Why not just admit it? Read this and see what you think:
“We built a time series of networks that describe how domains have accumulated and how proteins have rearranged their domains through evolution. This is the first time such a network of ‘domain organization’ has been studied as an evolutionary chronology,” Fayez Aziz says. “Our survey revealed there is a vast evolving network describing how domains combine with each other in proteins.”
Each link of the network represents a moment when a particular domain was recruited into a protein, typically to perform a new function.
“This fact alone strongly suggests domain recruitment is a powerful force in nature,” Fayez Aziz says. The chronology also revealed which domains contributed important protein functions. For example, the researchers were able to trace the origins of domains responsible for environmental sensing as well as secondary metabolites, or toxins used in bacterial and plant defenses.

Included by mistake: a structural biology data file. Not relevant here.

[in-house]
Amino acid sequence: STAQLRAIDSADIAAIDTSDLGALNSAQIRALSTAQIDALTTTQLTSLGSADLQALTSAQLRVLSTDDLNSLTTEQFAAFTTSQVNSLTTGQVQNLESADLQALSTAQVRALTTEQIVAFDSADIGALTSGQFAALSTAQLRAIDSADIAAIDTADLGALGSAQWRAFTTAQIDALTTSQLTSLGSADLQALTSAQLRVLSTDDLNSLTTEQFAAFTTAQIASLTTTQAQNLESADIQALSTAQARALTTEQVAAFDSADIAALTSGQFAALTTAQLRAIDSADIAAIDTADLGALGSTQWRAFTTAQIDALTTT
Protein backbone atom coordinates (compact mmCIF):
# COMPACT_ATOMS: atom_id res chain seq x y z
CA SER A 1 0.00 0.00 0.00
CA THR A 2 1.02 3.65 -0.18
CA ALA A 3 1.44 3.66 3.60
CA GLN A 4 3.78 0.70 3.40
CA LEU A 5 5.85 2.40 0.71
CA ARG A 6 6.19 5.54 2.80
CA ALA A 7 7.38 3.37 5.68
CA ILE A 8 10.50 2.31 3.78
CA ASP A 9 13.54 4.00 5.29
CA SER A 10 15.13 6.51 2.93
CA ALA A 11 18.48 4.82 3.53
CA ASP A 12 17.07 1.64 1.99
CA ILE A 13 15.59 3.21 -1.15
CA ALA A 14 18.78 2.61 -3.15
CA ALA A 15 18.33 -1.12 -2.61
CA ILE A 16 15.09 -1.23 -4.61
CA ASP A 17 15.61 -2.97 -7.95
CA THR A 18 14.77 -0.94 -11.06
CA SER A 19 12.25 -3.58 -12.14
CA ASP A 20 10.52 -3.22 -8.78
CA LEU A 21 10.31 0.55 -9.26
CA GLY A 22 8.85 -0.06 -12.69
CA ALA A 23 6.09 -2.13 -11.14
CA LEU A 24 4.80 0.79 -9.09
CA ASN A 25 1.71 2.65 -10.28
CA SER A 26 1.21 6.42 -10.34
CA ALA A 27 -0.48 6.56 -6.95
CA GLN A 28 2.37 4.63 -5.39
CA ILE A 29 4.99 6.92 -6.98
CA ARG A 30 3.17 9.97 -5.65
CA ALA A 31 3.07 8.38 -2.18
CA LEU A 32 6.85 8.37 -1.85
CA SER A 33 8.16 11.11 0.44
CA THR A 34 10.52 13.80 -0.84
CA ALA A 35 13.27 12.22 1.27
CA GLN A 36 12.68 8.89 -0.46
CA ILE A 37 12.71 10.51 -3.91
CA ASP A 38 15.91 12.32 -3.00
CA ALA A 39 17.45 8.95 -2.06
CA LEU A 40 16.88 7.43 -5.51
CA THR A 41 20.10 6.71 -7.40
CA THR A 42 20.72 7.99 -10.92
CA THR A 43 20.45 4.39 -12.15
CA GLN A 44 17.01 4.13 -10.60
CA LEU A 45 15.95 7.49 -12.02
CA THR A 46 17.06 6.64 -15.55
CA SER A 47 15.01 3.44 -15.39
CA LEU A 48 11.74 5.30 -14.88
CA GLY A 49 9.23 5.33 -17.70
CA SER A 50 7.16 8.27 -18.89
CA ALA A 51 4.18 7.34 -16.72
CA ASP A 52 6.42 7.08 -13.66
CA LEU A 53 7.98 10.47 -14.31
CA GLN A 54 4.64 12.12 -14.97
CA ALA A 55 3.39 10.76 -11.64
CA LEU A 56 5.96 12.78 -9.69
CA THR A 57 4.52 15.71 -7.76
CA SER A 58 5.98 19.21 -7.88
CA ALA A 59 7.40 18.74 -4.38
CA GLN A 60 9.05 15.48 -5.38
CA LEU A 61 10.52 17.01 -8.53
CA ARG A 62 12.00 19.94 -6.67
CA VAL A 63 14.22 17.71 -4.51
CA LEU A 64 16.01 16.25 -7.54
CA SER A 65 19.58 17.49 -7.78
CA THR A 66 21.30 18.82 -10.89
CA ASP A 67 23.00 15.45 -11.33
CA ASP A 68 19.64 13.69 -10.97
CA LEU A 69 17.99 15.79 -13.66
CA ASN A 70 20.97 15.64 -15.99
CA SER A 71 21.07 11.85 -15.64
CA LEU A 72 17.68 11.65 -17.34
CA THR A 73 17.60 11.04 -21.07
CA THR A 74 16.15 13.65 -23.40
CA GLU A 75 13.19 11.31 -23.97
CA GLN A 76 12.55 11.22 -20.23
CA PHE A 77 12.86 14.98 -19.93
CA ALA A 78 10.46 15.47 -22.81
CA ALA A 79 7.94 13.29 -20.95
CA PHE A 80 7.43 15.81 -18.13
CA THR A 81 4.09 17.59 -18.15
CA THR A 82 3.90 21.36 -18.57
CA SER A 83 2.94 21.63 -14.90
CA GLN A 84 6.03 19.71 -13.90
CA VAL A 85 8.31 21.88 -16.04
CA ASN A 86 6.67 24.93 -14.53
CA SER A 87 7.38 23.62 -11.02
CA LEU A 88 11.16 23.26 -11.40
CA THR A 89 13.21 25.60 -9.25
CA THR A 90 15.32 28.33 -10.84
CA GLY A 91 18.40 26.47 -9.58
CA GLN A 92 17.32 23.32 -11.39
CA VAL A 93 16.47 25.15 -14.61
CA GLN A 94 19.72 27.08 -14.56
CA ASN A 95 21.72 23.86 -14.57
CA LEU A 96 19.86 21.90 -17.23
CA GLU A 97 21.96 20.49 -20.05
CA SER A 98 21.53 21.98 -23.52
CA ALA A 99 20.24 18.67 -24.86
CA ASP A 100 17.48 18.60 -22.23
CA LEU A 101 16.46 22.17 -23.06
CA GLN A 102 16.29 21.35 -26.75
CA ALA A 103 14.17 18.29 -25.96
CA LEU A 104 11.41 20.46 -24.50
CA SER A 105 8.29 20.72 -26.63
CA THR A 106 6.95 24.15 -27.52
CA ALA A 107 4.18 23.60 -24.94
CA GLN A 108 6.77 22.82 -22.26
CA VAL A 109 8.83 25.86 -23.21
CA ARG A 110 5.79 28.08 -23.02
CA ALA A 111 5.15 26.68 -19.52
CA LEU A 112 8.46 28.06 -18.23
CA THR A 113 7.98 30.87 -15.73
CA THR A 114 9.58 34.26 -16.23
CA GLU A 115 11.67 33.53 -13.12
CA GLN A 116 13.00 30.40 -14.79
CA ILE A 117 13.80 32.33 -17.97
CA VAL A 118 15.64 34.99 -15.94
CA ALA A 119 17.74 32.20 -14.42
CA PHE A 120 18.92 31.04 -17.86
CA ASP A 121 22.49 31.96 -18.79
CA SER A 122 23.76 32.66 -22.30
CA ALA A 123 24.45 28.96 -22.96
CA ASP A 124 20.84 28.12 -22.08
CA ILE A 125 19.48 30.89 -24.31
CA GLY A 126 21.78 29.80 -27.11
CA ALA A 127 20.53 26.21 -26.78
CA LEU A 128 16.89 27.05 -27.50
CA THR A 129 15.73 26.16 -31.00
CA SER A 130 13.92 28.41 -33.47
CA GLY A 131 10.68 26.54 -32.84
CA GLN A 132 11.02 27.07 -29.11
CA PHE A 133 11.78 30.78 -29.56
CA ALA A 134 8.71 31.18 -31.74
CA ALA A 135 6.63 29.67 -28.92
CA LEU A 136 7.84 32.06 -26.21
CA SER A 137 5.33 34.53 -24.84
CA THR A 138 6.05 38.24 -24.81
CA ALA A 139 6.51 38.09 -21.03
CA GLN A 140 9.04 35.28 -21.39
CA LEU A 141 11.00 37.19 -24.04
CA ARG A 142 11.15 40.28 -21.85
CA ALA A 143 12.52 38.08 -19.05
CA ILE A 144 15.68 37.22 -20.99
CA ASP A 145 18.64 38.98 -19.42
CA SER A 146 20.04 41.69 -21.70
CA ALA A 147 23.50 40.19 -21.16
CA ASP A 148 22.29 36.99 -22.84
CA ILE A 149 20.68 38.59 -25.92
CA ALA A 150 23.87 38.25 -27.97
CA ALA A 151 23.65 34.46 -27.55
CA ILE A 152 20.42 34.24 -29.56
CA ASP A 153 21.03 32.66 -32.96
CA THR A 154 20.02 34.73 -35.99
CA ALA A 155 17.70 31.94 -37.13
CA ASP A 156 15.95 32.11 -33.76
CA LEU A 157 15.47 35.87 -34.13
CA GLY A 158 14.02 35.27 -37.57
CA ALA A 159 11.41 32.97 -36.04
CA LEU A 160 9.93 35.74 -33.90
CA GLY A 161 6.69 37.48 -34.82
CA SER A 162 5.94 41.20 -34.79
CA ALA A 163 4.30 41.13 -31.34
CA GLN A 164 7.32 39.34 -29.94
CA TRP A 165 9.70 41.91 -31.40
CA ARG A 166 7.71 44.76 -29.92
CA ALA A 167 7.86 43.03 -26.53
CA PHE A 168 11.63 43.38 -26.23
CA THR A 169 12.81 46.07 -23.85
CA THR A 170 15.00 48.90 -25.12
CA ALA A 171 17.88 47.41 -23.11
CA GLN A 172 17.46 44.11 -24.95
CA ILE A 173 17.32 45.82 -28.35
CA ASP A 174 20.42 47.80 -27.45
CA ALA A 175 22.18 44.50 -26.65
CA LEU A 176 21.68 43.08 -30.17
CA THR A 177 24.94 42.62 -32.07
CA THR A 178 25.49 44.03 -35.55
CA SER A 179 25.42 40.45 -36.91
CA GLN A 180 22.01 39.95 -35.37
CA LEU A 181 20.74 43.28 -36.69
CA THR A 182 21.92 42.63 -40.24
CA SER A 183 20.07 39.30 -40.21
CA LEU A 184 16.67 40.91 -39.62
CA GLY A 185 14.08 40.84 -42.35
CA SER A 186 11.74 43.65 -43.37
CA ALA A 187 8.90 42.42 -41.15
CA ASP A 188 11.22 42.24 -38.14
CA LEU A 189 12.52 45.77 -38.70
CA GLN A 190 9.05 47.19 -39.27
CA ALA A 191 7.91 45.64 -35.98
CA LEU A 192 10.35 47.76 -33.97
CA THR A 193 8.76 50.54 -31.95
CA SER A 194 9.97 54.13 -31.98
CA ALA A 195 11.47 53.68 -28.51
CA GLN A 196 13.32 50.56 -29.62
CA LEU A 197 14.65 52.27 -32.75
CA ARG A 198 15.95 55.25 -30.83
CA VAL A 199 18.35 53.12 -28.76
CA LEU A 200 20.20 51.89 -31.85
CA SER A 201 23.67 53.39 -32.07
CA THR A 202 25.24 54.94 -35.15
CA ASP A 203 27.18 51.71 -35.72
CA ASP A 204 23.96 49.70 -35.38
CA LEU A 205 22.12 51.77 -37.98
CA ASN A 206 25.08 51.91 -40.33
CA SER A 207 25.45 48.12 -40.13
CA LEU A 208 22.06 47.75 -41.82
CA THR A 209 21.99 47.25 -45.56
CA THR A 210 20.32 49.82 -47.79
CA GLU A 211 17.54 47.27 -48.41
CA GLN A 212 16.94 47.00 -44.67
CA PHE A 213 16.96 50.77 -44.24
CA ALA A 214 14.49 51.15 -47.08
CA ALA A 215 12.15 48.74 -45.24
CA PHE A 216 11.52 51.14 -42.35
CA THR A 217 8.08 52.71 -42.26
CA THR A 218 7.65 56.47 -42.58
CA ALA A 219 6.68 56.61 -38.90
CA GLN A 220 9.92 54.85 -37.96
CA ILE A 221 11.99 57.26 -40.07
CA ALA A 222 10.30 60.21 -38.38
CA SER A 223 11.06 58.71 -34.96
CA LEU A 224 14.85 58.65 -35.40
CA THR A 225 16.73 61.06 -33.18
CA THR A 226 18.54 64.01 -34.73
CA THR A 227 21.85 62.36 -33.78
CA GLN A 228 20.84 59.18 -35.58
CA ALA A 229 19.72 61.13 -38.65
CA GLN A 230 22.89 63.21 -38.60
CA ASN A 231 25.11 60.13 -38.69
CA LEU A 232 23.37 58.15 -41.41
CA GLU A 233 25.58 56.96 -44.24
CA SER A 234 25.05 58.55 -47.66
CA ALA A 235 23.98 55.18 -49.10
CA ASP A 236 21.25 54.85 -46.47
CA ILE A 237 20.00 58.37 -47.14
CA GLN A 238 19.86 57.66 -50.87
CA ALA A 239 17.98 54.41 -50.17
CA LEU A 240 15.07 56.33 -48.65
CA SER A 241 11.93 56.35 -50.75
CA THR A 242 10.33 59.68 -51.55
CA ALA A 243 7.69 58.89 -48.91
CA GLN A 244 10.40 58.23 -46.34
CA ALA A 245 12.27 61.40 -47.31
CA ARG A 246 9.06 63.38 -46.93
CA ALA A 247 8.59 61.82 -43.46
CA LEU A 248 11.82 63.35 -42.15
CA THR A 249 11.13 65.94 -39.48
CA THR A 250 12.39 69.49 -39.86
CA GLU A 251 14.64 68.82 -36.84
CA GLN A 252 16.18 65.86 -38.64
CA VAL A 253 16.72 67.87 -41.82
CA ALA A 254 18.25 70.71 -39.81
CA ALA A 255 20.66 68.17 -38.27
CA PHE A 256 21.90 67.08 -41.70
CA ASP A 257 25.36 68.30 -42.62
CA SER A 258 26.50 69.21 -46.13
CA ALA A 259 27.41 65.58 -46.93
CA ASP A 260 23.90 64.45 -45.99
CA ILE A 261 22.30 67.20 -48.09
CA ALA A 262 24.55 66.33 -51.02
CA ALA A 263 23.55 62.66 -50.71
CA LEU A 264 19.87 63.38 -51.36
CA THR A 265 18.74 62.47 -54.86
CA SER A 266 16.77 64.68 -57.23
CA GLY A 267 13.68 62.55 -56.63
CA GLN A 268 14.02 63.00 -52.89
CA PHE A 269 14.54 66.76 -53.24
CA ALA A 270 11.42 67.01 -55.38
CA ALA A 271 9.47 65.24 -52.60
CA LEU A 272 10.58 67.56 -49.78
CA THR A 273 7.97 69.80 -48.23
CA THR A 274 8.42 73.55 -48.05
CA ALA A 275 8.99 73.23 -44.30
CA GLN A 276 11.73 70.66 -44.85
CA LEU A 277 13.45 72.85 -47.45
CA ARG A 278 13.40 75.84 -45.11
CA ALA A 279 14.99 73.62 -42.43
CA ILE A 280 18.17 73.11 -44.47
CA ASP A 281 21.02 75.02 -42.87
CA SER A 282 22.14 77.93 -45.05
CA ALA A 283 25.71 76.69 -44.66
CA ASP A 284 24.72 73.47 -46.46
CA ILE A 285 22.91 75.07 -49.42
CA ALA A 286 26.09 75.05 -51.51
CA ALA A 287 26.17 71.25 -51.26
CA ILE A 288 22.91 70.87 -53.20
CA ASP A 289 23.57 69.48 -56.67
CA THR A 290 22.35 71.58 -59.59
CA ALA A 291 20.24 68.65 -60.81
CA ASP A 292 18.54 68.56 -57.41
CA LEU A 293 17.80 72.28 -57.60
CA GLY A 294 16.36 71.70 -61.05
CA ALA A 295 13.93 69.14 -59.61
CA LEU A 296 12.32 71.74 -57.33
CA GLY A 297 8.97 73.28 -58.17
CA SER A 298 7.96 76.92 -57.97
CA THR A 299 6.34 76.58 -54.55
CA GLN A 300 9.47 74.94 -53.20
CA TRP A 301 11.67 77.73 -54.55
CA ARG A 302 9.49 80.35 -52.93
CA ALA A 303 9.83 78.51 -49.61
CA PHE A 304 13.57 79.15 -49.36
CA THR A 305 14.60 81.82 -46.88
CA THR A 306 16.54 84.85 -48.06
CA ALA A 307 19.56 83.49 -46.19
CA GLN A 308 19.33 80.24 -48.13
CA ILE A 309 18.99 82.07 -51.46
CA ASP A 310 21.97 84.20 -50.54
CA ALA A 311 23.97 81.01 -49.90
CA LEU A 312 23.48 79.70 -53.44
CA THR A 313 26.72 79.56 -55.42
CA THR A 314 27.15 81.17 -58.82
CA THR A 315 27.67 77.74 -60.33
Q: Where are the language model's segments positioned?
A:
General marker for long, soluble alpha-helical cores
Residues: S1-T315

The analysis showed domains started to combine early in protein evolution, but there were also periods of explosive network growth. For example, the researchers describe a “big bang” of domain combinations 1.5 billion years ago, coinciding with the rise of multicellular organisms and eukaryotes, organisms with membrane-bound nuclei that include humans.
The existence of biological big bangs is not new. Caetano-Anollés’ team previously reported the massive and early origin of metabolism, and they recently found it again when tracking the history of metabolic networks.
The historical record of a big bang describing the evolutionary patchwork of proteins provides new tools to understand protein makeup.University of Illinois College of Agricultural, Consumer and Environmental Sciences, “Protein ‘big bang’ reveals molecular makeup for medicine and bioengineering” at ScienceDaily (June 30, 2021) The paper is open access.
In short, it all sort of happens at once, which suggests an intelligent origin.